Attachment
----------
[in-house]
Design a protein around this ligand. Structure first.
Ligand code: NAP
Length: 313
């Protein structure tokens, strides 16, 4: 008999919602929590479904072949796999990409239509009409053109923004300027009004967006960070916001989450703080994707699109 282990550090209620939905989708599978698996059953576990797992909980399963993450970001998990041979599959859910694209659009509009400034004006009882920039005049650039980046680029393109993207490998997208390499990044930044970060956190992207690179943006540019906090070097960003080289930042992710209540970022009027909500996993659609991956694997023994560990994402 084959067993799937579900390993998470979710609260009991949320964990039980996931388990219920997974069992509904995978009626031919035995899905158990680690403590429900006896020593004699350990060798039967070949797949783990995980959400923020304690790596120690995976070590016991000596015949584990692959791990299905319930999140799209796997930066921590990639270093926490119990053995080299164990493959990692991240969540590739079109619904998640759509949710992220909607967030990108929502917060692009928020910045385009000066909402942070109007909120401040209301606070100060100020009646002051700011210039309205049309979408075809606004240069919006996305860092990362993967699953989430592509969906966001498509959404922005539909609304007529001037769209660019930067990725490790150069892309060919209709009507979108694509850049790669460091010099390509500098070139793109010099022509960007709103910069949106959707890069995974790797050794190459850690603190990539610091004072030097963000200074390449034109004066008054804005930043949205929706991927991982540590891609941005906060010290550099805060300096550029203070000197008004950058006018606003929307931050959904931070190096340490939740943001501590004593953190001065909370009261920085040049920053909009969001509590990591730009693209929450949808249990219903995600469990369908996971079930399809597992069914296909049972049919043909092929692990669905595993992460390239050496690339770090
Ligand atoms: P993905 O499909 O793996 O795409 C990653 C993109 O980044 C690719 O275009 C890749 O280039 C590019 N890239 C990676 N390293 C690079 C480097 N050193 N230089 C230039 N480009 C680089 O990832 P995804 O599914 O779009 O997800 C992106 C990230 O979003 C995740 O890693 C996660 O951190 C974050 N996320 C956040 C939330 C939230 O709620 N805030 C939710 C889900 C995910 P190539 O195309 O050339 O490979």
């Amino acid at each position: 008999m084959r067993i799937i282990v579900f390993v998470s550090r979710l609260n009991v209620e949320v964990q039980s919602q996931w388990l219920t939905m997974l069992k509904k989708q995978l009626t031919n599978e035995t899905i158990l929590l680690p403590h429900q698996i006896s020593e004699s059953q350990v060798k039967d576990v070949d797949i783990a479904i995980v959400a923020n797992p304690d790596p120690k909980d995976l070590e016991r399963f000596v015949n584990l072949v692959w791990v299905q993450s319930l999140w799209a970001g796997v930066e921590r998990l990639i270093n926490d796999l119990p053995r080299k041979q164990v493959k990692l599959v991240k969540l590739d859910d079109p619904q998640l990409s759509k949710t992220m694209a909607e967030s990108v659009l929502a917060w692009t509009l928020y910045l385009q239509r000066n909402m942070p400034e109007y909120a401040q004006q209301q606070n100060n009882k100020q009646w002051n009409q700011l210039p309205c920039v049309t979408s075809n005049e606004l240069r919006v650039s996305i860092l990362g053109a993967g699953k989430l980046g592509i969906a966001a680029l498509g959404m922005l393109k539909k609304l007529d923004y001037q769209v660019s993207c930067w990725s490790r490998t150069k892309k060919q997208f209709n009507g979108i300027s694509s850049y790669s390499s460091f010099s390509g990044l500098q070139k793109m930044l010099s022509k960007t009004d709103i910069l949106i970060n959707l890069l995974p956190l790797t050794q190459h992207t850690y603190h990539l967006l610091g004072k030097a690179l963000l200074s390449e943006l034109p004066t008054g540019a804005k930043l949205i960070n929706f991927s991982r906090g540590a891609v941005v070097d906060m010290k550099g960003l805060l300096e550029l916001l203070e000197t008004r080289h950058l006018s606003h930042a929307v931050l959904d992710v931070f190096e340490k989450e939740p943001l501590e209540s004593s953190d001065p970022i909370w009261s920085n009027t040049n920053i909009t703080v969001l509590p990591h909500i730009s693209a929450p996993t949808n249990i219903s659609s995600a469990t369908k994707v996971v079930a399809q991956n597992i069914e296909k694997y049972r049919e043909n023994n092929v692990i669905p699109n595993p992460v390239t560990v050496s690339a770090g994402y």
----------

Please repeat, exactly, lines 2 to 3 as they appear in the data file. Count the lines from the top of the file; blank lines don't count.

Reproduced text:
Design a protein around this ligand. Structure first.
Ligand code: NAP